Interim Manager or Contractor required?

This guide explains the main differences between an Interim Manager and a Contractor.

Companies which identify a need for additional temporary human resources are often confused by what category of individual they should be looking for. As a result we often receive phone calls from companies who think they need an interim manager when in fact what they want is a fixed term contractor.

Interim Managers are usually sensibly over-qualified individuals who take up senior management roles within a client organisation. They are ‘doers’ and take on an active executive role. This is often what also differentiates Interims from Consultants, as Consultants tend to be technical advisors without taking on the management responsibilities.

Interim Managers are typically used when a business is going through transition, turnaround, the current management team lacks specific experience or when additional management resource is required to support a particular project or when the business is going through significant growth.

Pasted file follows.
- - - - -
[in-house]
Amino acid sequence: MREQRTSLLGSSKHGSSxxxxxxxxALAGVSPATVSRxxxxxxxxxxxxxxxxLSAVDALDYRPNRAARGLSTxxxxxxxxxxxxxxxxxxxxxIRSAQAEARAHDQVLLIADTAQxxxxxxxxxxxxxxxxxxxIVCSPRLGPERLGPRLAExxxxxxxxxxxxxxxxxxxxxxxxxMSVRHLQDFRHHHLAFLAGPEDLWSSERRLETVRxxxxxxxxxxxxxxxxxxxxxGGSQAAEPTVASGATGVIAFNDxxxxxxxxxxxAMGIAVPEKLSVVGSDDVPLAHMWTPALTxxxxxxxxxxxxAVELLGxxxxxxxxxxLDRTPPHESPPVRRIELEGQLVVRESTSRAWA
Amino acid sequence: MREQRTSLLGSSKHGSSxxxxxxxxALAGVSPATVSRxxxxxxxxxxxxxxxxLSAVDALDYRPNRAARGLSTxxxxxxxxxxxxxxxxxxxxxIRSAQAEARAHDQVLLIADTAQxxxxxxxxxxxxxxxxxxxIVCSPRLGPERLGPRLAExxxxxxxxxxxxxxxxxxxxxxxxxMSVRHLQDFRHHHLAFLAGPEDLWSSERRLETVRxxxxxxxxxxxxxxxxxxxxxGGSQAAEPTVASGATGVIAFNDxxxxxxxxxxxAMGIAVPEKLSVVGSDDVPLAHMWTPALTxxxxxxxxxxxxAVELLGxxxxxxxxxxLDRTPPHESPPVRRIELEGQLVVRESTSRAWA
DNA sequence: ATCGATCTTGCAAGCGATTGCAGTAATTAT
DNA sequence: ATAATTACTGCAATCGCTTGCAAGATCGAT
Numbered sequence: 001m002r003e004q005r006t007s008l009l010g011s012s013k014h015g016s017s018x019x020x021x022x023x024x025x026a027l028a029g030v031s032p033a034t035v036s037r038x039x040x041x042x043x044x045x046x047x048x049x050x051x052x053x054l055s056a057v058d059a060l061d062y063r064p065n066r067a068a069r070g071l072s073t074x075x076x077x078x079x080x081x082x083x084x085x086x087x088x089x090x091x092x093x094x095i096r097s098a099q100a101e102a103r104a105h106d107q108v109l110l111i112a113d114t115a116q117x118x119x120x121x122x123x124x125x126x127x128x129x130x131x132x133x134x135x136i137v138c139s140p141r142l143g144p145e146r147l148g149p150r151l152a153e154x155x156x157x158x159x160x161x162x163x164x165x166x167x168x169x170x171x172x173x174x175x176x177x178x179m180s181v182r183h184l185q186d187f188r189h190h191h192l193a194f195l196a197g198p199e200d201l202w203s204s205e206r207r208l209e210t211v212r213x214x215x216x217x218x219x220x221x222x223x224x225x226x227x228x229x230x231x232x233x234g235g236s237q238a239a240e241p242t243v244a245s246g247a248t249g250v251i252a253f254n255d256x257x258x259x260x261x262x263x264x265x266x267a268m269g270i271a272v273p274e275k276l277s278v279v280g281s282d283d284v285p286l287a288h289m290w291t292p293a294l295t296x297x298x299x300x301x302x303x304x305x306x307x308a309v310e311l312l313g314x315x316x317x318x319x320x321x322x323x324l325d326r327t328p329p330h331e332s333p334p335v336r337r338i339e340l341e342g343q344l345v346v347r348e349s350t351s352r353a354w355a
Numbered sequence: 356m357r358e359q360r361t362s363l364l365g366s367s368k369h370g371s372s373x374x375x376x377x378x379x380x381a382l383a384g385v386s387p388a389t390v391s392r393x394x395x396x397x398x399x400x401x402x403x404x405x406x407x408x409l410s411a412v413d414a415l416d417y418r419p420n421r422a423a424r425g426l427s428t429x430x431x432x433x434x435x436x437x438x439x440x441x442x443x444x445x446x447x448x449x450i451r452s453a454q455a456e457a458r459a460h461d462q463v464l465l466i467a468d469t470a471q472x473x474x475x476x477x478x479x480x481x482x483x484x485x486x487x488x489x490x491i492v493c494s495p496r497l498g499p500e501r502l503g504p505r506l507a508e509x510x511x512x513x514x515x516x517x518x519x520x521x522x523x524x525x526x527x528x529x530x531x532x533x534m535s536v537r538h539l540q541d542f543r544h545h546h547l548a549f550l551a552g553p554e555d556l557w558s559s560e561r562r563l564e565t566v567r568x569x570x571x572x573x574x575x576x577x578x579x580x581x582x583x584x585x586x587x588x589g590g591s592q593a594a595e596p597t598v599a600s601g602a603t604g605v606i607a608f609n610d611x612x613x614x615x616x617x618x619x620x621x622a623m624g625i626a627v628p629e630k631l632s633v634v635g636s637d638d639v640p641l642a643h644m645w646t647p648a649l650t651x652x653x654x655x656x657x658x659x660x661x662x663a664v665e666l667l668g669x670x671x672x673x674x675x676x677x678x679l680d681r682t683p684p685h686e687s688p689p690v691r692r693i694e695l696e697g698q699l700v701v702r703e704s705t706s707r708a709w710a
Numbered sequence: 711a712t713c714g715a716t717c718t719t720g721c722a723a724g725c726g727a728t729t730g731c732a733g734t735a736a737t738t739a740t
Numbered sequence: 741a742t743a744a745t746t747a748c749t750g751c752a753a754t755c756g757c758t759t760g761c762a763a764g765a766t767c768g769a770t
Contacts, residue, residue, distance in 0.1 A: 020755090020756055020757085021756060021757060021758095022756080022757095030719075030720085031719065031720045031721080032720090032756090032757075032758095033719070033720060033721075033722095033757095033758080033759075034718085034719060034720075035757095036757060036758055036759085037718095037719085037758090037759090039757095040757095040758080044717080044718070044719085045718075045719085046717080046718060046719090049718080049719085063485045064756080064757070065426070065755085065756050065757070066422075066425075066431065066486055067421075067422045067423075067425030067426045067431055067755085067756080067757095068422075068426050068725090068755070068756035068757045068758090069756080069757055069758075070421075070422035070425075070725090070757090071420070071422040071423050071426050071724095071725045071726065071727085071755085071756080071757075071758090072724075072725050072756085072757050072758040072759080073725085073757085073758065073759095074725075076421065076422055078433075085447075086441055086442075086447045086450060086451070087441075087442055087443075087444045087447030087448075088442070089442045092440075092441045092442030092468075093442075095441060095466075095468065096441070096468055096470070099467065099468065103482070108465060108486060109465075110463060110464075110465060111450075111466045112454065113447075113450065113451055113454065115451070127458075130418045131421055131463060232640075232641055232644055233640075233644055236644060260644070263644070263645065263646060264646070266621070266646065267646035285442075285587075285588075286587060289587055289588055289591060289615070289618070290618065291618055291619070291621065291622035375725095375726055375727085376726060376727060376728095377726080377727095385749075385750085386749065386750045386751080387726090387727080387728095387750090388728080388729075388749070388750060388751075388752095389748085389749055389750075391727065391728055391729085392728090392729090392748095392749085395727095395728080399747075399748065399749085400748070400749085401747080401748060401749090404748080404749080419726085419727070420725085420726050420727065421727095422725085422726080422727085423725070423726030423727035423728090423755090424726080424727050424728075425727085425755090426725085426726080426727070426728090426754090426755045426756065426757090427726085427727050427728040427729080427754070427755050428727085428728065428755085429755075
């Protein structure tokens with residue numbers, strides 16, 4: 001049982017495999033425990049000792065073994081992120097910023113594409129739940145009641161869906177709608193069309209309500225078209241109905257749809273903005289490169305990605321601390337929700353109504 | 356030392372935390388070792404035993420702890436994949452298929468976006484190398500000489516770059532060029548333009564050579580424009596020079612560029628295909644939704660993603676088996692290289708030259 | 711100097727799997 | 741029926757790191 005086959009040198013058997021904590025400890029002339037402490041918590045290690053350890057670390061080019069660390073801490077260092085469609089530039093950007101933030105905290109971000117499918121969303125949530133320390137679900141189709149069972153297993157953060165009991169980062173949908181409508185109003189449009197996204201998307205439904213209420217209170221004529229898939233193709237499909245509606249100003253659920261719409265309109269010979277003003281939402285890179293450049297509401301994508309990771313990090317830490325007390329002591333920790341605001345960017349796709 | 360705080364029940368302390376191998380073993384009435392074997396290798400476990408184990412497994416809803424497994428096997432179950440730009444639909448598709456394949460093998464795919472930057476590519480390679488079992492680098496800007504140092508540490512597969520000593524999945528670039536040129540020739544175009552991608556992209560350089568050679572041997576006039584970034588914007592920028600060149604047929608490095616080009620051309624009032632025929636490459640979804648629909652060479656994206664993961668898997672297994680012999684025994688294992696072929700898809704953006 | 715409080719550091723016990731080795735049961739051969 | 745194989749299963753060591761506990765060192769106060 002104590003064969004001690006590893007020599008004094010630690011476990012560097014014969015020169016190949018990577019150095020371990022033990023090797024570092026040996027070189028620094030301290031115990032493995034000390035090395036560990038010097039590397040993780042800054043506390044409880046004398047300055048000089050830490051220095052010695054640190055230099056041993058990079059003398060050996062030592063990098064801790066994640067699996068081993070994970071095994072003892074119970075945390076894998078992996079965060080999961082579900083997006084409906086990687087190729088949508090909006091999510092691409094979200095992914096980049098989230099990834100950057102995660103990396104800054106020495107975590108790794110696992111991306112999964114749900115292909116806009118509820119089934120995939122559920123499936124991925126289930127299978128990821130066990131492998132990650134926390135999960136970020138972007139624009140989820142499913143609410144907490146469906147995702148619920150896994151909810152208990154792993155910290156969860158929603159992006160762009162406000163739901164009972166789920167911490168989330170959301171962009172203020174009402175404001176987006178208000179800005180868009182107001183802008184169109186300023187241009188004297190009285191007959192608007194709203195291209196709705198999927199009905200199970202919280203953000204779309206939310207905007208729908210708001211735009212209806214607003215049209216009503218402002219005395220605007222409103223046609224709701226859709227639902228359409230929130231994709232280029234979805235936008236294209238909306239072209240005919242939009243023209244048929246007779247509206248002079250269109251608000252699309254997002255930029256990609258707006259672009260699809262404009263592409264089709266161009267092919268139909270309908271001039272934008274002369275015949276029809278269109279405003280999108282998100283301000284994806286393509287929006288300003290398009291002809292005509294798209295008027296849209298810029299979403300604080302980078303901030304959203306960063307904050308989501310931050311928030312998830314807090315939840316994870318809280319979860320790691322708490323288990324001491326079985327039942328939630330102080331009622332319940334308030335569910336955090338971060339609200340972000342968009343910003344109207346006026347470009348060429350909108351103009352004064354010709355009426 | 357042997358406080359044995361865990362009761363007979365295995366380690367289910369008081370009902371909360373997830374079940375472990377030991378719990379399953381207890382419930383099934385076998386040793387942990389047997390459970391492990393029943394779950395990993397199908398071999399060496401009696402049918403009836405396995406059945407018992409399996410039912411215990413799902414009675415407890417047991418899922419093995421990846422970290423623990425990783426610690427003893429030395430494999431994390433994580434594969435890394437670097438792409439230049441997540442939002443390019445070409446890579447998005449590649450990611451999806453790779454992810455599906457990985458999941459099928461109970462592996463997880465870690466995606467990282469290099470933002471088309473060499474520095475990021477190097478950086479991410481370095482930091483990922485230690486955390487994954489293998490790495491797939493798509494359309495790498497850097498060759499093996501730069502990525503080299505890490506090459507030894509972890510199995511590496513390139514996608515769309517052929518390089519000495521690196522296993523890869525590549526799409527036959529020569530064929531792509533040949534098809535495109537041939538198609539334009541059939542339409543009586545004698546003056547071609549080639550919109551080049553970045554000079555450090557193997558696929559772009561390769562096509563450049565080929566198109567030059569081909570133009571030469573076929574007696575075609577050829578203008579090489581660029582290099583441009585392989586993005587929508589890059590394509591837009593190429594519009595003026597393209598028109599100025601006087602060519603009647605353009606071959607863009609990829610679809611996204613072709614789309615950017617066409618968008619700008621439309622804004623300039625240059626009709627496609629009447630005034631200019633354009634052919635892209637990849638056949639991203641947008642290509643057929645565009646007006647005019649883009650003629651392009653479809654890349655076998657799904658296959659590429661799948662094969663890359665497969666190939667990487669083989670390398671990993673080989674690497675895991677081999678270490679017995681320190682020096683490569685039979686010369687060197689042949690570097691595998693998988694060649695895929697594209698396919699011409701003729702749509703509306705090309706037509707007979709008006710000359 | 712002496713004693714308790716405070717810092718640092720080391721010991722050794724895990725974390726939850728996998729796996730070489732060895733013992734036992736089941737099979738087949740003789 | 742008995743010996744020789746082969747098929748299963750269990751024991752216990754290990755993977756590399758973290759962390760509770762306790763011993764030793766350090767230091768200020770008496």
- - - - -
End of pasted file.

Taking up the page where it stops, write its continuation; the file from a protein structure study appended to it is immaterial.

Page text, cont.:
Each Interim Manager operates through their own limited company and will normally provide their own ‘business tools’ such as telephone, laptop etc. An Interim Manager will invoice on a day rate basis.

A company would normally engage a Contractor on a temporary basis in order to provide a specialist skill or service. Contractors would normally report directly to a manager or director. Contractors are often used on topics such as IT projects or to cover fixed term periods such as maternity breaks.

Contractors do not normally operate at the executive level of an Interim Manager in an organisation and therefore it is not uncommon for them to receive pro-rata remuneration.